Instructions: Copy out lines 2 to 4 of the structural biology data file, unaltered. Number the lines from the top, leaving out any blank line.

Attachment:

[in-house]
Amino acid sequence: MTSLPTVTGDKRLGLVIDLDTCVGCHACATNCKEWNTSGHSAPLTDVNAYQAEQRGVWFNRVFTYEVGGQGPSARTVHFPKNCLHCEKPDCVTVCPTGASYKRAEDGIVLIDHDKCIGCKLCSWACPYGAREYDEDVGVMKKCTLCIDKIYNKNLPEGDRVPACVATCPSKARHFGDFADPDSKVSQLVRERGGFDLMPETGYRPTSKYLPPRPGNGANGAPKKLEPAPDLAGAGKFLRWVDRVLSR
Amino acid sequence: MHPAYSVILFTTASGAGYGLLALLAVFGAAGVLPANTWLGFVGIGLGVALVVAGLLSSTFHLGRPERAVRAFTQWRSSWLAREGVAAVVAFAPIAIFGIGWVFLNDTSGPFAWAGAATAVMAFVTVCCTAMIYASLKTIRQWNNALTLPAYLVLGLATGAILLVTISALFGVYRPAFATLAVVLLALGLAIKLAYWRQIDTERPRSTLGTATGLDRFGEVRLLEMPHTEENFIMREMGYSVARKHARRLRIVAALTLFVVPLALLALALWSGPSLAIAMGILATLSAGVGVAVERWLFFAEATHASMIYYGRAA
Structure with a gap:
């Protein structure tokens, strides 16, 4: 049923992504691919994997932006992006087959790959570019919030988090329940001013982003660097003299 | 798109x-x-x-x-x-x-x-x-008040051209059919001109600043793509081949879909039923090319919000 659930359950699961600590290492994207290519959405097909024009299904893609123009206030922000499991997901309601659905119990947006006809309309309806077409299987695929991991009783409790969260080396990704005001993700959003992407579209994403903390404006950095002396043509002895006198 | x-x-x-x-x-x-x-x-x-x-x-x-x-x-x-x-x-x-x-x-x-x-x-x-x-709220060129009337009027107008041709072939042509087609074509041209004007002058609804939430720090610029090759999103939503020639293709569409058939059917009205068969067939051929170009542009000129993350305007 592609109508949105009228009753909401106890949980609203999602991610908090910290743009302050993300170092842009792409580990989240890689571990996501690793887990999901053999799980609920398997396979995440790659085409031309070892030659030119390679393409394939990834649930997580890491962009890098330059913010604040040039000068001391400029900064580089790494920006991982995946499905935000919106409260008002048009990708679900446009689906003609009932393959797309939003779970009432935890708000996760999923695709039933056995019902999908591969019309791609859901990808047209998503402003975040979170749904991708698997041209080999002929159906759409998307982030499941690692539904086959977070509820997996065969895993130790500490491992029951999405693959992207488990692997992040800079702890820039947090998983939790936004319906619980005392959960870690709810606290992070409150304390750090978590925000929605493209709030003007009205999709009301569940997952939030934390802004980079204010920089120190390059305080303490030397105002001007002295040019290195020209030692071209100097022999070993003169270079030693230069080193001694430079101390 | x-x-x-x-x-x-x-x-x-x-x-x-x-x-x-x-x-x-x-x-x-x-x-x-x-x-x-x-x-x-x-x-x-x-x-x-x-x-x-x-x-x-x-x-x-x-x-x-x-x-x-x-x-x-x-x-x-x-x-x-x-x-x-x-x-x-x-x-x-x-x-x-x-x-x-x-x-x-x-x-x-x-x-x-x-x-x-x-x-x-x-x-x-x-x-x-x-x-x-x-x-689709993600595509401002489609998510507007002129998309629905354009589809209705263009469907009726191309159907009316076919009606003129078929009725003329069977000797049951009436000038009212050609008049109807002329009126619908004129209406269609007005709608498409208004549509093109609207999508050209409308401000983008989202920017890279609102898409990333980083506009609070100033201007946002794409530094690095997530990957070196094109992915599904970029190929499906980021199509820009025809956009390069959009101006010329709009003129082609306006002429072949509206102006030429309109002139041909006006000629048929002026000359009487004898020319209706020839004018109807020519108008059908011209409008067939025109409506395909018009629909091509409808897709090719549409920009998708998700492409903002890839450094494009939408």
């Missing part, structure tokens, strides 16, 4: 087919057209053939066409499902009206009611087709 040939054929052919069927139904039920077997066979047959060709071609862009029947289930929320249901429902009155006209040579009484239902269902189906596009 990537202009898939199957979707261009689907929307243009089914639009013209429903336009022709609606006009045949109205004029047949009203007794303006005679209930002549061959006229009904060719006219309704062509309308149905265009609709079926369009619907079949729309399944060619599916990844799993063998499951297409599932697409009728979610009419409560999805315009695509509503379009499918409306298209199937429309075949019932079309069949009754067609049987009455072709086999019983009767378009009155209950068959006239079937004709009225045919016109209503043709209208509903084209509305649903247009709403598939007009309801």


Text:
Amino acid sequence: MTSLPTVTGDKRLGLVIDLDTCVGCHACATNCKEWNTSGHSAPLTDVNAYQAEQRGVWFNRVFTYEVGGQGPSARTVHFPKNCLHCEKPDCVTVCPTGASYKRAEDGIVLIDHDKCIGCKLCSWACPYGAREYDEDVGVMKKCTLCIDKIYNKNLPEGDRVPACVATCPSKARHFGDFADPDSKVSQLVRERGGFDLMPETGYRPTSKYLPPRPGNGANGAPKKLEPAPDLAGAGKFLRWVDRVLSR
Amino acid sequence: MHPAYSVILFTTASGAGYGLLALLAVFGAAGVLPANTWLGFVGIGLGVALVVAGLLSSTFHLGRPERAVRAFTQWRSSWLAREGVAAVVAFAPIAIFGIGWVFLNDTSGPFAWAGAATAVMAFVTVCCTAMIYASLKTIRQWNNALTLPAYLVLGLATGAILLVTISALFGVYRPAFATLAVVLLALGLAIKLAYWRQIDTERPRSTLGTATGLDRFGEVRLLEMPHTEENFIMREMGYSVARKHARRLRIVAALTLFVVPLALLALALWSGPSLAIAMGILATLSAGVGVAVERWLFFAEATHASMIYYGRAA
Structure with a gap: